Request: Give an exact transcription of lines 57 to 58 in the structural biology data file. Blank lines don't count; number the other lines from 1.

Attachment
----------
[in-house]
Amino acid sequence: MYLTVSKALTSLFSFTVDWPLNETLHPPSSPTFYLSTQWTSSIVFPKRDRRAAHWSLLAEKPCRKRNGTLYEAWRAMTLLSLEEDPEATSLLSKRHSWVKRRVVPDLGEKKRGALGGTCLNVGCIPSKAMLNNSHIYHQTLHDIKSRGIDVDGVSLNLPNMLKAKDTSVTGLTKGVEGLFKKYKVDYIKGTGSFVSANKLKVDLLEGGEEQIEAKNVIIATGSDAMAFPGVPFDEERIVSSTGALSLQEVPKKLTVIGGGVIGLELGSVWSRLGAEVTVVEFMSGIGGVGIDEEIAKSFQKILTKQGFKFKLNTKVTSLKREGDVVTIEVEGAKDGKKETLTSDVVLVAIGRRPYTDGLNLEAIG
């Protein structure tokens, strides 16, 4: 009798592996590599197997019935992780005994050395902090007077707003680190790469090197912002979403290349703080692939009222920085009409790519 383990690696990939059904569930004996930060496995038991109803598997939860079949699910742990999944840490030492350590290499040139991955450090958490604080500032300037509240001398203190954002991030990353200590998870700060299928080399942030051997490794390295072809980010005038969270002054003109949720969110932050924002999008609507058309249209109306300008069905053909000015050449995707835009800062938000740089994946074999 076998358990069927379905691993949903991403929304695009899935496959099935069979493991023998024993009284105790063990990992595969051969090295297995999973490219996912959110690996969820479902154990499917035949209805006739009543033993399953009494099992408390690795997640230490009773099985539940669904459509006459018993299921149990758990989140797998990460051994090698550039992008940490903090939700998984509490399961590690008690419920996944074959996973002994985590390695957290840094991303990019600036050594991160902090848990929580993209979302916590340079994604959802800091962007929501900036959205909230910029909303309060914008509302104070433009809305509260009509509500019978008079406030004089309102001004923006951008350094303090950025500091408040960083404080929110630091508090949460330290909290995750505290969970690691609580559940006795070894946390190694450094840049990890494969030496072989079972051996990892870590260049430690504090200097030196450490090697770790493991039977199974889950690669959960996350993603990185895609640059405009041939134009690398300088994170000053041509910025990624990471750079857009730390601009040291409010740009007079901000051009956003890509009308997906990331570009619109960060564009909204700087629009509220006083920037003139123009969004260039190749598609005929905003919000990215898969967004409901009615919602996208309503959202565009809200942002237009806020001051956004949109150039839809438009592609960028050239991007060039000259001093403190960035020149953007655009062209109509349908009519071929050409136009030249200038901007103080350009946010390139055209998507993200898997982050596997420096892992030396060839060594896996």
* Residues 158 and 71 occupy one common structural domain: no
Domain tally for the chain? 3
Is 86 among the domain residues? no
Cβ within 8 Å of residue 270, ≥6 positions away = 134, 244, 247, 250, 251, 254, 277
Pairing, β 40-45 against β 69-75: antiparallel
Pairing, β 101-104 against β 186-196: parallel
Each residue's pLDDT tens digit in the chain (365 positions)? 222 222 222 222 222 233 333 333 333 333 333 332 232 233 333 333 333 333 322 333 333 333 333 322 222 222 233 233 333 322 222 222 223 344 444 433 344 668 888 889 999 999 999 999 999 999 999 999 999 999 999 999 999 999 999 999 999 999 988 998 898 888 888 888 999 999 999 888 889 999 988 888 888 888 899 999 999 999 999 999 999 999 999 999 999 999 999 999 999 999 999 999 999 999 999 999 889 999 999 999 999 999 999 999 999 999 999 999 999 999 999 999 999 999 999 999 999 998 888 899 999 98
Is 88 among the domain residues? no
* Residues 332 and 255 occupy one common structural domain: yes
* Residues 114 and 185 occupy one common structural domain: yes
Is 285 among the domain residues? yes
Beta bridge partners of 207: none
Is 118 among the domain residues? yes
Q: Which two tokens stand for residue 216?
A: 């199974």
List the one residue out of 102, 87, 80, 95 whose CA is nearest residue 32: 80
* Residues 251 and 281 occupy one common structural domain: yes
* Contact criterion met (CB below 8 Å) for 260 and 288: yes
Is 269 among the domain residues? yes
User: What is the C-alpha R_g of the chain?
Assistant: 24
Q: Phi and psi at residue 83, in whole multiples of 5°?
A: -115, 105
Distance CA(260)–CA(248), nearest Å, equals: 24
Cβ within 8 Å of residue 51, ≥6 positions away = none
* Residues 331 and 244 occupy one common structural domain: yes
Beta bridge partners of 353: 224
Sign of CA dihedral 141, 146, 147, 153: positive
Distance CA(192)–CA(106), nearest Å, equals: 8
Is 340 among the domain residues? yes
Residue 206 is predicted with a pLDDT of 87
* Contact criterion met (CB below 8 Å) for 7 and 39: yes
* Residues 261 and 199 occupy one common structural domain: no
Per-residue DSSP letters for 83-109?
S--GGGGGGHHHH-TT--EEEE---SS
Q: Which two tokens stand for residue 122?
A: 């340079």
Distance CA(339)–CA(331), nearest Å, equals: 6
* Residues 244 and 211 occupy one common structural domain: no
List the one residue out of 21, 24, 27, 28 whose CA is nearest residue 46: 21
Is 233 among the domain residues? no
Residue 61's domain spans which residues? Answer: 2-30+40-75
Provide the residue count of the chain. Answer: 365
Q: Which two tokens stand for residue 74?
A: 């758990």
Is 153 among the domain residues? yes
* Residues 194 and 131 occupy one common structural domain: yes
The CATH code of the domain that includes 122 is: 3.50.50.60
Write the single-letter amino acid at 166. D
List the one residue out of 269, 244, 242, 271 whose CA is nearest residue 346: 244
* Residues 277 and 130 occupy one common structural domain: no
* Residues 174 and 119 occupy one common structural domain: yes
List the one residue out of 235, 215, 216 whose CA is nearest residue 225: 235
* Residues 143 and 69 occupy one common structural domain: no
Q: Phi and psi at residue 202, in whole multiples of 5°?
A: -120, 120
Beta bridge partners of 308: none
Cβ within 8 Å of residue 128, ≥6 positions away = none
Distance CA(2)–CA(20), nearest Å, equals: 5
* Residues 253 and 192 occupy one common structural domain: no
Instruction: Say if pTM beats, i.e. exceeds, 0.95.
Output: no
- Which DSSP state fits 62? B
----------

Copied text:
* Residues 143 and 69 occupy one common structural domain: no
Q: Phi and psi at residue 202, in whole multiples of 5°?